So what's this varistor doing here?

Discussion in 'Amps/Cabs Tech Corner: Amplifier, Cab & Speakers' started by Leonc, Jan 28, 2012.

  1. Leonc

    Leonc Wild Gear Hearder Gold Supporting Member

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    Being a Magnatone nut, I've mostly thought of varistors being used in Bonham's patented vibrato circuit. I've read that metal oxide varistors are used in some modern amps to provide sort of a "fail safe" for the fuse, from what I can gather.

    I do also recall having seen one used in one or two of the highly regarded DeArmond/Martin amps but I don't know what they were doing there. Here's another example. The 12AX7 to the left is providing some kind of recovery function after reverb and tremolo. Between there and the phase inverter 12AX7, which is on the right, is one varistor, with no value or rating specified from what I can tell. Any idea what it's doing there?

    [​IMG]

    :huh
     
  2. dbeeman

    dbeeman Gold Supporting Member

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    try to ask over at amp garage?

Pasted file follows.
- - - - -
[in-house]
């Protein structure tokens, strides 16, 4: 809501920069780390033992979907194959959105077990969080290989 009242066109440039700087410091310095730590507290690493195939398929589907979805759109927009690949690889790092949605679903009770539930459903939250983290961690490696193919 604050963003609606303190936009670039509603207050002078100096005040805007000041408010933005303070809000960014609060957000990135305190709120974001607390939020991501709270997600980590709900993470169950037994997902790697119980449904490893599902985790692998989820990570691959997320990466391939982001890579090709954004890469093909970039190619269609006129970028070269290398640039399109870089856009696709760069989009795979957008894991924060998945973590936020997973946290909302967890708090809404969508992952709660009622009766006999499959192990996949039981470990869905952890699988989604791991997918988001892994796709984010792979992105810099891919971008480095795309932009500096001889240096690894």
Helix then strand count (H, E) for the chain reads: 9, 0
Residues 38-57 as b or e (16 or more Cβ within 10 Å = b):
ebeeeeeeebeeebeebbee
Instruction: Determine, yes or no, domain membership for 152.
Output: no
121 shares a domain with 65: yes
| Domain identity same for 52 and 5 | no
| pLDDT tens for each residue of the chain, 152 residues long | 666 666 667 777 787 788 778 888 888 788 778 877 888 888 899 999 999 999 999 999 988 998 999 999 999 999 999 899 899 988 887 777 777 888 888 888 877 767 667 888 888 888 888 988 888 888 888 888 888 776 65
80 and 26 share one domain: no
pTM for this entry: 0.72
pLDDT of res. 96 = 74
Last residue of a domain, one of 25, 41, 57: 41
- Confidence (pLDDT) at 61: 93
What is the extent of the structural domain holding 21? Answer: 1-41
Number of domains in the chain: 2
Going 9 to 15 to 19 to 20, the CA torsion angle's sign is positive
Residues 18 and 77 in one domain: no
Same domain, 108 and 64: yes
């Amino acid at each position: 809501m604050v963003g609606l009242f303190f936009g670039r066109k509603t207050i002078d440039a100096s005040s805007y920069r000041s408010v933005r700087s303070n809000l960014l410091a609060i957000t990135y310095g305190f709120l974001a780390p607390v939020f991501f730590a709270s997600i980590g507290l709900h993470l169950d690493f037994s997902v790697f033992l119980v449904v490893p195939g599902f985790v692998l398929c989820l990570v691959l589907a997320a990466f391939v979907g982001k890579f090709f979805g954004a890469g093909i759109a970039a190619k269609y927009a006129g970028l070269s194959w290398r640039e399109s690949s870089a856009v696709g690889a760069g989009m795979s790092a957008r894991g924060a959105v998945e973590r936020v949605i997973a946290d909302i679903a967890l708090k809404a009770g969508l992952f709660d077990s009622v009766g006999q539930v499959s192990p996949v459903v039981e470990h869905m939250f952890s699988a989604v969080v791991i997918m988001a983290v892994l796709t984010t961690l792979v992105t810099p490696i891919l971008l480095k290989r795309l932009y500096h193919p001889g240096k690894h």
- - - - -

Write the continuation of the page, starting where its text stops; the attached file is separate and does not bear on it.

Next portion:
3. Leonc

    Leonc Wild Gear Hearder Gold Supporting Member

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    Haven't tried -- guess I should create an account over there...
     
  4. teemuk

    teemuk Member

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    Seeing not only a small section of the schematic might help in answering more specifically but I suspect it maybe has something to do with duties of amplitude modulation, e.g. tremolo.
     
  5. diagrammatiks

    diagrammatiks Member

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  6. guitarcapo

    guitarcapo Senior Member

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    Weird that it has a rating. How could it be a "270K varistor"? Isn't resistance supposed to vary with voltage?

    I'm looking at the "A" feeding the plate and wondering if the varistor might be functioning to regulate the plate voltage on that tube to make it more steady.
     
  7. Leonc

    Leonc Wild Gear Hearder Gold Supporting Member

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    Ah yes, I can see this now;the lead coming into the varistor parallel to the .022 coupling cap is coming from the tremolo circuit.

    That's the rating for the resistor going to ground; I believe the varistor is symbolized by like a resistor with the "squiggle" in it.
     
  8. Leonc

    Leonc Wild Gear Hearder Gold Supporting Member